Baking and grilling are the most common dry heat cooking methods for salmon.
Roasting won’t be covered here because it is much like baking, except the flesh is basted frequently. Salmon baked in an oven is typically surrounded by hot dry air at a temperature of between 140°C and 250°C. Oil is often added to the baking dish and brushed on the flesh to help retain moisture.
- Simple and easy way to cook large quantities.
- Can give salmon a crisp outside coating while leaving it moist and tender inside.
- Considered healthier than frying by many because little fat or oil is used.
- Combines well with other cooking methods (e.g. fillet portions can be seared first
- then baked to finish cooking inside)
- Salmon can be covered or wrapped in foil to retain moisture.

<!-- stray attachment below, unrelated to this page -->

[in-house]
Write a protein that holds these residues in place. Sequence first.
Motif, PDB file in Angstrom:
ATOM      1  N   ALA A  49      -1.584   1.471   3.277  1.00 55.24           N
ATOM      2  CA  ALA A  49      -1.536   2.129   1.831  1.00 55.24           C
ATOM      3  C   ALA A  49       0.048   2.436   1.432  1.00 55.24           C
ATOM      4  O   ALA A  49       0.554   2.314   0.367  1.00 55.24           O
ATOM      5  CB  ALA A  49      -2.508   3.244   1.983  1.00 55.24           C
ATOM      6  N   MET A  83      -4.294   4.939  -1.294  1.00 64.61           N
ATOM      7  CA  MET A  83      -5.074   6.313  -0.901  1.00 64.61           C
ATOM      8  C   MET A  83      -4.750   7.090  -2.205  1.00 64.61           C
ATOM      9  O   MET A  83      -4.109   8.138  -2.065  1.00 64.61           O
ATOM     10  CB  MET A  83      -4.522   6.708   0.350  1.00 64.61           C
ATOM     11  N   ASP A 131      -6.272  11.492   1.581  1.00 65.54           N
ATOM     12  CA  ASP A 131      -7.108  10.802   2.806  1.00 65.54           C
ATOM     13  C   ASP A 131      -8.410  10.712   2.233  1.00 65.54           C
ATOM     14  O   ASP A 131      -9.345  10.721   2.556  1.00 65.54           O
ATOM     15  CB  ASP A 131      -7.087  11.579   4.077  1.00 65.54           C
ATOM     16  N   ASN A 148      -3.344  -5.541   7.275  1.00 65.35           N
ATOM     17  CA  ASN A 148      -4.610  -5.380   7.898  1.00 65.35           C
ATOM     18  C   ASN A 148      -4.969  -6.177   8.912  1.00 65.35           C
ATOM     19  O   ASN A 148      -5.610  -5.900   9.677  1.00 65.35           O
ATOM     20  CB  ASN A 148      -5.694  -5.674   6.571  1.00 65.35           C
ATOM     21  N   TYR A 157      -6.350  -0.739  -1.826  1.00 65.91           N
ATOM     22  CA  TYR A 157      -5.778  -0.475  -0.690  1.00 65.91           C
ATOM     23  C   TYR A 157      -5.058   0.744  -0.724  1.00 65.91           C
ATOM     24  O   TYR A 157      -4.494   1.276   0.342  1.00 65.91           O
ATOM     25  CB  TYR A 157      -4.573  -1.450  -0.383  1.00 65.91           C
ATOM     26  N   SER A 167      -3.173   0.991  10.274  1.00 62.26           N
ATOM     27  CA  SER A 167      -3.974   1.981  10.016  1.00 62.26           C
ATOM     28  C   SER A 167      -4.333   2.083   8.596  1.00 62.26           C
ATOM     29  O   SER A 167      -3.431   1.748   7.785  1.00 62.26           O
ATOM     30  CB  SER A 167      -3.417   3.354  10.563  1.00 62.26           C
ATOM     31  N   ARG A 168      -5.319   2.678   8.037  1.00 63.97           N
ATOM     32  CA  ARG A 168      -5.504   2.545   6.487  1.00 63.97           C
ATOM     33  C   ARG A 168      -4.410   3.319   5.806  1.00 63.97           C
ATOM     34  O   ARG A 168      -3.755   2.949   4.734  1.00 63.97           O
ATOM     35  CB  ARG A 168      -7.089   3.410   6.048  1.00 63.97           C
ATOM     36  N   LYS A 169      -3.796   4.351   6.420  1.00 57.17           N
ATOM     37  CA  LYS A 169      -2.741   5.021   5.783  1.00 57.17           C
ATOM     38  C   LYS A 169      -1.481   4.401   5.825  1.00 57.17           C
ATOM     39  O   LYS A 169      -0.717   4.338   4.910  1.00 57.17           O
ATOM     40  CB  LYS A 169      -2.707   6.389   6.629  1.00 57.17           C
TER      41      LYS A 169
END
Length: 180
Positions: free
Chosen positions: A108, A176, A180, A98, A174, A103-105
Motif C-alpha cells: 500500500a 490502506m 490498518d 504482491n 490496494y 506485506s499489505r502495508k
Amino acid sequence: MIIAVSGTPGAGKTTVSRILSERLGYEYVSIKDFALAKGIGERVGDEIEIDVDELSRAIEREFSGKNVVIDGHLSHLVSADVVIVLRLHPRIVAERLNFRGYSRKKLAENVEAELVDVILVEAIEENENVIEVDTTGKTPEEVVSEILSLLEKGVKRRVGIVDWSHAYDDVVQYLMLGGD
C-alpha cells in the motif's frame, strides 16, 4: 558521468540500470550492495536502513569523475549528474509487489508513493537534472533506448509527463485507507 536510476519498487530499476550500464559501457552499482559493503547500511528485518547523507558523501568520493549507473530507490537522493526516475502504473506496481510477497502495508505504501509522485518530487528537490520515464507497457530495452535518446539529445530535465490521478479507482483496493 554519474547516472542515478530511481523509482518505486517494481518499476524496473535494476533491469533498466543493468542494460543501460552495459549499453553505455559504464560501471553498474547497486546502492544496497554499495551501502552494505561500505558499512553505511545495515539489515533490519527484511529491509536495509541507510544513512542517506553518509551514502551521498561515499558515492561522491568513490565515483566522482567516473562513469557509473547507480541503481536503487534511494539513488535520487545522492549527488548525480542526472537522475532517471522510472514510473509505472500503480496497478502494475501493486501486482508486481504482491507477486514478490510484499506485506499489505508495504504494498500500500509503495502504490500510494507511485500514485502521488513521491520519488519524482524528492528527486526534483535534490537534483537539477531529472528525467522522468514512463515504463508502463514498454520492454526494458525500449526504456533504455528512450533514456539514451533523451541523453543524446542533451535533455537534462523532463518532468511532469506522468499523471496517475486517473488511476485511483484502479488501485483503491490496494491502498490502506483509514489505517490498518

- Suits whole HOG or fillet portions or cutlets
- Baking dish
- A barbeque with closable canopy
- Baking paper and a flat tray if cooking en papillote, a French term for cooking in a pouch.
- Butter, margarine or olive oil will add moisture and flavour.
- You may wish to use more oil if the fillets are skinless.
- 140–250°C. (The larger the portion, the lower the temperature.)
- Fillet portions around 8–15 minutes
- Whole HOG, 3.5–4.5kilo, (approx 45–60 minutes.)
- Preparation Season the salmon if desired, but avoid using salt as this draws out the moisture.
- If baking whole HOG or large fillet portions, score to ensure even cooking by making 2 or 3 diagonal cuts across the thickest parts on both sides.
- Consider adding stuffing to the whole HOG or rolling inside fillets.
- Place salmon (skin side up if applicable) in a single layer on an oiled baking dish, and brush the top with oil or lemon juice. Alternatively wrap in foil or place in oven bag.
- Add seasoning, herbs or juice if desired.
- Bake in a pre-heated oven.